Waris Dirie, born 1965 in Somalia, flees at 13 when sold as 4th wife. She's maid at the Somalian embassy in London, then McDonald's, where she's discovered and becomes int'l top model. 1997, she speaks up against female genital mutilation.
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The autobiography of a Somalian nomad circumcised at 3, sold in marriage at 13, fled from Africa a while later to become finally an American supermodel and is now at the age of 38, the UN spokeswoman against female genital mutilation (FGM).Written by
DESERT FLOWER is a very powerful film that introduces many viewers to the atrocities of Female Genital Mutilation, defined by the dictionary as 'FGM, also known as female genital cutting and female circumcision, is defined as all procedures that involve partial or total removal of the external female genitalia, or other injury to the female genital organs for non- medical reasons. FGM is typically carried out on girls from a few days old to puberty. It may take place in a hospital, but is usually performed, without anesthesia, by a traditional circumciser using a knife, razor, or scissors.' Though that is not the main driver of this story it certainly makes the life of Waris Dirie who wrote this autobiography recognized as someone who overcame insurmountable odds to become one the world's top models and a speaker for women's rights.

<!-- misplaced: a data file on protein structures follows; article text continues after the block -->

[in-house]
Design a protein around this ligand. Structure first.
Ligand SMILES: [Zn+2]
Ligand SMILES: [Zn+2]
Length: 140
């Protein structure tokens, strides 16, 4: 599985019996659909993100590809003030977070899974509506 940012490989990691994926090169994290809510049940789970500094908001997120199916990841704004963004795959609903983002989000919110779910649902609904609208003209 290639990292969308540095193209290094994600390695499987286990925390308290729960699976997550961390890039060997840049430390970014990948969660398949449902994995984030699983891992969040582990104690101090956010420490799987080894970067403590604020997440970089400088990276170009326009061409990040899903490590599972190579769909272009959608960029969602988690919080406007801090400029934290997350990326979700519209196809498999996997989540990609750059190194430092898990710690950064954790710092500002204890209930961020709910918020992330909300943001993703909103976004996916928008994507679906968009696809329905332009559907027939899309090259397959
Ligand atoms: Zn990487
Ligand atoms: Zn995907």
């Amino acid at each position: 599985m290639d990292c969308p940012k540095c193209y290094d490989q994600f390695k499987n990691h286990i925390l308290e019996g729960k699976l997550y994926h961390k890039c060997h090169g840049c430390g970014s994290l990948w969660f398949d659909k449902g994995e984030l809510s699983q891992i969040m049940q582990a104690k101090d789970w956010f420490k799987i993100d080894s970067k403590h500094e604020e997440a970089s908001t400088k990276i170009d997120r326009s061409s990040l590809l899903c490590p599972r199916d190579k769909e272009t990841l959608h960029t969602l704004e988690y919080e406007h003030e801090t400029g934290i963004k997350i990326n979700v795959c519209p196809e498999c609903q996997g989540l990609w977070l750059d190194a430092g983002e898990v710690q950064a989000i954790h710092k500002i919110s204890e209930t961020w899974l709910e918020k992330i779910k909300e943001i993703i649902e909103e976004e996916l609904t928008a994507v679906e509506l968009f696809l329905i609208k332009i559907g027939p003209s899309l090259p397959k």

Liya Kebede stars as Waris Darie and is the perfect choice of an actress to fill this role: she is an International supermodel, actress and philanthropist, born and raised in Addis Ababa, Ethiopia. In 2003, she was the first woman of color to become the face of Estée Lauder cosmetics.
Waris Dirie (Liya Kebede) was born in Somalia and was subjected to FGM and fled across the desert to freedom form the heinous attitude toward women (Waris as a child is beautifully portrayed by Soraya Omar-Scego). She struggles though dreary jobs, eventually hooks up with Marilyn (Sally Hawkins0 who introduces her to the world of fashion via Terry Donaldson (Timothy Spall), learns how to dress and walk in heels and eventually becomes the great model we know us as today. She has love interests (Anthony Mackie) but her aim is to gain enough credibility and money to go before the WHO and speak against the mutilation that exists in many countries to this day.
Directed by Sherry Horman who adapted Dirie's autobiography for the screen with Smita Bhide, the visuals are spectacular and the manner in which the story is related is full of passion and compassion. The entire cast (including Juliet Stevenson, Meera Syal, and Craig Parkinson) is pitch perfect. But it is Liya Kebede who fills the screen not only with her beauty but also with a powerful performance of the main character. A very fine film with a heavy message.
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